Written by Ranee Mohamed
15 Sep, 2017 | 8:29 am
The US-led Cassini probe to Saturn will destroy itself in the coming hours.The $4bn (£3bn) mission is ending 13 years of discoveries at the ringed planet by ditching itself in the atmosphere.With an expected entry speed of 120,000km/h (76,000mph), the spacecraft will rapidly be torn to pieces.
Scientists, however, hope to gain new information on the chemical composition of Saturn’s gases just before Cassini loses radio contact with Earth.
That is likely to occur just after 04:55 local time here at mission control – the Nasa Jet Propulsion Laboratory (JPL) in Pasadena, California (11:55 GMT; 12:55BST).It will be a bittersweet moment for the hundreds of mission researchers who have come from all over the world to be in the Los Angeles County town for the occasion.
Former US space agency chief scientist Ellen Stofan is part of the probe’s radar instrument group.
“We’ve done amazing science; it’s an amazing team. And I think we can celebrate that we’ve really eked every little bit of science that we could out of the Cassini spacecraft. But then it’s what’s next?
“We want to go back to Titan, we want to go back to Enceladus; there’s so much we don’t know about the interior of Saturn, so people have talked about Saturn probe missions. There’s a lot more to be done,” she told the BBC.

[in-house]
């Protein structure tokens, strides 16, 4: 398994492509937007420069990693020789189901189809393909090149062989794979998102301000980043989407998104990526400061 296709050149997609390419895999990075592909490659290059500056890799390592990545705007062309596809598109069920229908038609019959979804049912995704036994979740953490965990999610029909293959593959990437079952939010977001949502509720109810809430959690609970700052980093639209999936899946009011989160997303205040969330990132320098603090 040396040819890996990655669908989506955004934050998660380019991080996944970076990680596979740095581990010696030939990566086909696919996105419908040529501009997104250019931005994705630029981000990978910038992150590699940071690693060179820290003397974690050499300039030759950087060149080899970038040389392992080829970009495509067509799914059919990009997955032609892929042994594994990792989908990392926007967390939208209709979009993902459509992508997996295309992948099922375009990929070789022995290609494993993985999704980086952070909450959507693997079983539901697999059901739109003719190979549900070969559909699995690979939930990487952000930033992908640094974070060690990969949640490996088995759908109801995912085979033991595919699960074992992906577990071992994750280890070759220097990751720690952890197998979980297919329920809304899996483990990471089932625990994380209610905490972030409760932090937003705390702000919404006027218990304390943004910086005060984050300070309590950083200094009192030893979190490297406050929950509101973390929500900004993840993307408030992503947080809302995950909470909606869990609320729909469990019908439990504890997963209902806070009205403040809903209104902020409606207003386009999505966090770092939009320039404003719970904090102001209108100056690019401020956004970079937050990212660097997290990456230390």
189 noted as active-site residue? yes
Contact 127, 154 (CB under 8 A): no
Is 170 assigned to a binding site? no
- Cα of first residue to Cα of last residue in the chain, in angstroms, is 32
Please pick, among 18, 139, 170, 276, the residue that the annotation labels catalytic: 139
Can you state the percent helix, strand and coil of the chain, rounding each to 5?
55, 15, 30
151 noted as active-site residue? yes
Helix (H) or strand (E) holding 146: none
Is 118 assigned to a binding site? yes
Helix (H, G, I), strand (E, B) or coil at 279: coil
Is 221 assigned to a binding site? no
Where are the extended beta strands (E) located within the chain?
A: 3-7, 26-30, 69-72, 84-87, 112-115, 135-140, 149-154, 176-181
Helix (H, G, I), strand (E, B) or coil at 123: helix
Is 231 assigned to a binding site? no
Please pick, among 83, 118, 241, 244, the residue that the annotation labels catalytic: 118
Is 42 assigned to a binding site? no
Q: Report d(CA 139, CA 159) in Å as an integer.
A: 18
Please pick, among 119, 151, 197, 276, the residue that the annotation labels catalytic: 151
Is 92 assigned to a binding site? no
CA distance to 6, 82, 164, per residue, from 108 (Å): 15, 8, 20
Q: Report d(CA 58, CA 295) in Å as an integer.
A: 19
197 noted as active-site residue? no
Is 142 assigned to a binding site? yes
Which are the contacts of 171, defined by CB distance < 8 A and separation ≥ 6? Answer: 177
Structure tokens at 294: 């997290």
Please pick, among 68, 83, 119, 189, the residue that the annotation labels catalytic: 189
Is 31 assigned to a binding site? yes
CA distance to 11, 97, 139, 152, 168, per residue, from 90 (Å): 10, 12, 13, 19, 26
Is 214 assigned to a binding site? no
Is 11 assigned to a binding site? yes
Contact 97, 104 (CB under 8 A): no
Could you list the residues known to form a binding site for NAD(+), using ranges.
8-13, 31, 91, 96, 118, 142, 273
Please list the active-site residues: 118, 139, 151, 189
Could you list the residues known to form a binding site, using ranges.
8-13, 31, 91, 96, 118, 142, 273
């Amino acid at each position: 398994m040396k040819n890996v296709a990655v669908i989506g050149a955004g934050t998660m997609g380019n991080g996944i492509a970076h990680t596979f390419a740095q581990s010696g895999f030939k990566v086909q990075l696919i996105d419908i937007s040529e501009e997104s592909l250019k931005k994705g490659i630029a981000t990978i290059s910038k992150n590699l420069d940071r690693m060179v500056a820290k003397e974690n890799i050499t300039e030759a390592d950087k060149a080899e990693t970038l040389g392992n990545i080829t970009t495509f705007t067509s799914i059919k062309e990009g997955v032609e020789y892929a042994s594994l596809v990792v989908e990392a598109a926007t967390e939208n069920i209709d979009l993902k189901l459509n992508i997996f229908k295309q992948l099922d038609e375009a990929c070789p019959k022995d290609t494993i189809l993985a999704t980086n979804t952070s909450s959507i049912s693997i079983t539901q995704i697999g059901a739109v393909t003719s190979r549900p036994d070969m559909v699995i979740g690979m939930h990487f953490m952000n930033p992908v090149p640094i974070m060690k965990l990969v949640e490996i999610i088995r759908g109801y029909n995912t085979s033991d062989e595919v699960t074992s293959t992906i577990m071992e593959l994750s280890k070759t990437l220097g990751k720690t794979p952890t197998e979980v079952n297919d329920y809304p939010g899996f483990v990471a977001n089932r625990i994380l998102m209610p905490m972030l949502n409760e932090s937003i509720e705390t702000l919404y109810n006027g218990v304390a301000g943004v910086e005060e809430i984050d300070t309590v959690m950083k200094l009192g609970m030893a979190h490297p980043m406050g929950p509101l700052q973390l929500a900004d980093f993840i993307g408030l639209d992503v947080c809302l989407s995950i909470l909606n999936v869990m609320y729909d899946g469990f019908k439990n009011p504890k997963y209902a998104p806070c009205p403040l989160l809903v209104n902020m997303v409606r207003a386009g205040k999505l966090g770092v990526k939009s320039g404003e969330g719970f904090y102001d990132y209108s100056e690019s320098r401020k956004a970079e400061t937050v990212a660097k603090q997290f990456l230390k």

Cassini has revolutionised our understanding of the sixth planet from the Sun.It has watched monster storms encircle the globe, and witnessed the delicate interplay of ice particles move through its complex ring system.
And then there are those remarkable moons Titan and Enceladus, which host vast bodies of liquid water beneath their icy shells and where scientists say conditions may be favourable for simple life to exist.
But after taking hundreds of thousands of pictures and other measurements, it is now time for Cassini to retire.
It is down to its last few kilos of fuel and the US space agency does not want an uncontrolled probe wandering aimlessly around the outer Solar System. The ship is to be scuttled.
This was the best solution,” said Earl Maize, the Nasa Cassini project manager. “We could have parked Cassini way outside the rings, and outside the icy moons. We could even have sent it away from the Saturn system but no-one saw any scientific benefit in that.”
In contrast, the “death plunge”, as it has become known, offers a way to get some unique data.
By tightening the probe’s orbit so that it flies in between the rings and the planet’s atmosphere, which it has been doing since April, researchers have gained new insights on the age of the rings, on the internal structure of Saturn and on the composition of its gas envelope.
The scientists will now take the ultimate step in these investigations by driving Cassini straight into the planet.Eight instruments will be switched on and reporting conditions for as long as is possible.This could be 60 seconds; with luck it will be a bit longer. But at some point the probe will not be able to maintain stability as gases rush over its irregular shape.
Cassini will start to tumble, break apart and melt – its materials dispersing to become a near-indistinguishable part of the planet it has worked so hard to describe.
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